Murdoch strikes again, this time in Esquire
Esquire magazine is running a Q&A with News Corp chief Rupert Murdoch, in which in the international media tycoon talks about his upbringing, what makes Murdoch Murdoch, his new crown jewel The Wall Street Journal, Fox News and a host of other subjects. Without further ado (warning: look out for some inappropriate language):
Murdoch on his political ideology and the crisis blowing through multiple financial institutions:
I’m not a knee-jerk conservative. I passionately believe in free markets and less government, but not to the point of being a libertarian. After this financial crisis, there are going to be some restrictions. I’m frightened they’ll go too far, but certainly there should be something.
On News Corp’s MySpace social network and competitor Facebook:
When we bought MySpace, we thought it had great possibilities. We didn’t realize it would grow as fast as it has, and of course it has given birth to imitators, which I guess they’re calling Web 3.0, or whatever, and given rise to what you’d call social networking.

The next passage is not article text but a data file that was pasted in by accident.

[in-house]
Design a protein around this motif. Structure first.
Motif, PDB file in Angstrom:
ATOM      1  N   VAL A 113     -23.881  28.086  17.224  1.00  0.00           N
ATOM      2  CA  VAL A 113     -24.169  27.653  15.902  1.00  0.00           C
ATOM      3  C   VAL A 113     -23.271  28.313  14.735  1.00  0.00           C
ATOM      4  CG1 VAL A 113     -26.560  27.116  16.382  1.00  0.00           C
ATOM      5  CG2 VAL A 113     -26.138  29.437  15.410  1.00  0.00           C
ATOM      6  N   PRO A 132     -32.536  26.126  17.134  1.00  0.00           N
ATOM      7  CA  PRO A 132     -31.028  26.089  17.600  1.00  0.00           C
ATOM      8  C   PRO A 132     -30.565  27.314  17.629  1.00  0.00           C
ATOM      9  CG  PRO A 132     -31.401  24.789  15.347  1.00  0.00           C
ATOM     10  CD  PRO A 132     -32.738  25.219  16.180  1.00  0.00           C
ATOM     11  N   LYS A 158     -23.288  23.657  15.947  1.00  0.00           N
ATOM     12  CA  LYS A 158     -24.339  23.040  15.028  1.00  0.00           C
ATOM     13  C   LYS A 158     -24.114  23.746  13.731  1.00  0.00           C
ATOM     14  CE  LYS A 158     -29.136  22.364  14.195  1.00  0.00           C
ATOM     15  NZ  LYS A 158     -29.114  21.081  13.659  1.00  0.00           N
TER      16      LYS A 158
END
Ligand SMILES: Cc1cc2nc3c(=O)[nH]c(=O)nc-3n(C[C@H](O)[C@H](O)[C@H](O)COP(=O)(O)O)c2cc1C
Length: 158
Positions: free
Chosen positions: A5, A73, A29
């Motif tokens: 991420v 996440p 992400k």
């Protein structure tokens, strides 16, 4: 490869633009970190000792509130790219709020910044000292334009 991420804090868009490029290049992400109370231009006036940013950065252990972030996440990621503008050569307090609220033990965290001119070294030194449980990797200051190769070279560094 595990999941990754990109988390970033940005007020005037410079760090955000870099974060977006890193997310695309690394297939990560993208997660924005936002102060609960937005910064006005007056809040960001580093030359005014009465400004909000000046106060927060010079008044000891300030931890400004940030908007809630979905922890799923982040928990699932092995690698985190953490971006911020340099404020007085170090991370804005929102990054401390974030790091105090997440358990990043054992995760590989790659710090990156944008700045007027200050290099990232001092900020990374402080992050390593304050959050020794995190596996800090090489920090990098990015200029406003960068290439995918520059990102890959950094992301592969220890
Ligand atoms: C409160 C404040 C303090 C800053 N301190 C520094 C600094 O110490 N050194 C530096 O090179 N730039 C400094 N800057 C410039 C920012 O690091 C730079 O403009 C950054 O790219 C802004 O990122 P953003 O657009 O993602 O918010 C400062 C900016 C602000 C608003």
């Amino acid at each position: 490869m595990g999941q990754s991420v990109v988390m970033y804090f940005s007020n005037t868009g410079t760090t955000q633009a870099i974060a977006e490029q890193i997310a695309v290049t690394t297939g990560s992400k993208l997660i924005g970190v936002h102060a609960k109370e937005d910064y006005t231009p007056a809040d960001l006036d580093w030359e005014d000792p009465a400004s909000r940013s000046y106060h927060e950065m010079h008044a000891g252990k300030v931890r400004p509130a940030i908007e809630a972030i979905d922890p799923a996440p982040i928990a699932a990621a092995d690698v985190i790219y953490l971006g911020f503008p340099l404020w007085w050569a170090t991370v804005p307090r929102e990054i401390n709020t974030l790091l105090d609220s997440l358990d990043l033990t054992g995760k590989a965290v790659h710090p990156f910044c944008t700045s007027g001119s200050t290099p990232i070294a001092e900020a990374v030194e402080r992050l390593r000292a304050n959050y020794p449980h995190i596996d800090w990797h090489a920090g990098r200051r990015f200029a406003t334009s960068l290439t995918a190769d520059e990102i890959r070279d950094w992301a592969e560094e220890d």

We got a big wake-up call from Facebook last year. We put a lot of new things in this year. You can’t write off MySpace. It is a genuine social network where people go to look for friends, to make friends, to look for people with common interests. Facebook — I don’t want to put it down. It does interesting things and has some very able people there, but it is fundamentally a sort of directory. It’s opened up recently to let people bring in new applications. A huge number have tried to do this, but not that many have succeeded.
On The Wall Street Journal:
It’s bullshit to say we’re going to dumb down The Wall Street Journal. We didn’t dumb down the London Times — we made the London Times.The Sunday Times, too. Are they a little more popular than they were? Yes. They are populist papers. You’ve got to listen to readers.
On the Fox Network’s first big TV success:
The first successful program, the one you could see registering with audiences, was Married with Children. At first I used to blanch at it. But in the end, I realized that it was a genuinely funny, satirical program.
On immigration into the United States and speaking English:
I’m totally pro-immigration, though it would be nice if you could pick and choose your immigrants. I haven’t made up my mind about this, but I rather like the idea that you don’t get citizenship until you can speak English. You still want to have a homogeneous society. People who don’t speak English, now and for a long time to come, are going to be at a disadvantage.
On his public reputation:
People demonize me and think I’m more important than I am. You know, I’m a fairly normal person. I don’t lead a wild life or anything. My excitement is day-to-day work.